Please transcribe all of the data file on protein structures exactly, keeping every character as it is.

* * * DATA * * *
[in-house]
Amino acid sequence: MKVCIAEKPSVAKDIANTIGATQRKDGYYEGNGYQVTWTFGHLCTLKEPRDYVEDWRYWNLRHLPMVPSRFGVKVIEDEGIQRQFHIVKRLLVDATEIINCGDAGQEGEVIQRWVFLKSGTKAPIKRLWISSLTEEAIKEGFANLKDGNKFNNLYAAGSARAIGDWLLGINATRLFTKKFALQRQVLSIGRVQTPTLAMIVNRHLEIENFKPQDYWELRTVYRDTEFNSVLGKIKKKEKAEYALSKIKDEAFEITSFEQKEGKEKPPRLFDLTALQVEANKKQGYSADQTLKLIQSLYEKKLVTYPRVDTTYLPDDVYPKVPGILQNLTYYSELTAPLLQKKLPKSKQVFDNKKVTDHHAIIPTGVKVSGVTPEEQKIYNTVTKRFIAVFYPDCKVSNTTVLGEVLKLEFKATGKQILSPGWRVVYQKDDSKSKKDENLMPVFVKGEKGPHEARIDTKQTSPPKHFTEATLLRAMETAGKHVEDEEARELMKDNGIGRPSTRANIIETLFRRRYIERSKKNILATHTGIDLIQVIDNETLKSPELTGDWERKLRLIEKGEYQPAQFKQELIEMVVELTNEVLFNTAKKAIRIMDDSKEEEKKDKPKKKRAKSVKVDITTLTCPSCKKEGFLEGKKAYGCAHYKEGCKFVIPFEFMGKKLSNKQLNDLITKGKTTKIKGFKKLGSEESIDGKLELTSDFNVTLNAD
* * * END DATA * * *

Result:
[in-house]
Amino acid sequence: MKVCIAEKPSVAKDIANTIGATQRKDGYYEGNGYQVTWTFGHLCTLKEPRDYVEDWRYWNLRHLPMVPSRFGVKVIEDEGIQRQFHIVKRLLVDATEIINCGDAGQEGEVIQRWVFLKSGTKAPIKRLWISSLTEEAIKEGFANLKDGNKFNNLYAAGSARAIGDWLLGINATRLFTKKFALQRQVLSIGRVQTPTLAMIVNRHLEIENFKPQDYWELRTVYRDTEFNSVLGKIKKKEKAEYALSKIKDEAFEITSFEQKEGKEKPPRLFDLTALQVEANKKQGYSADQTLKLIQSLYEKKLVTYPRVDTTYLPDDVYPKVPGILQNLTYYSELTAPLLQKKLPKSKQVFDNKKVTDHHAIIPTGVKVSGVTPEEQKIYNTVTKRFIAVFYPDCKVSNTTVLGEVLKLEFKATGKQILSPGWRVVYQKDDSKSKKDENLMPVFVKGEKGPHEARIDTKQTSPPKHFTEATLLRAMETAGKHVEDEEARELMKDNGIGRPSTRANIIETLFRRRYIERSKKNILATHTGIDLIQVIDNETLKSPELTGDWERKLRLIEKGEYQPAQFKQELIEMVVELTNEVLFNTAKKAIRIMDDSKEEEKKDKPKKKRAKSVKVDITTLTCPSCKKEGFLEGKKAYGCAHYKEGCKFVIPFEFMGKKLSNKQLNDLITKGKTTKIKGFKKLGSEESIDGKLELTSDFNVTLNAD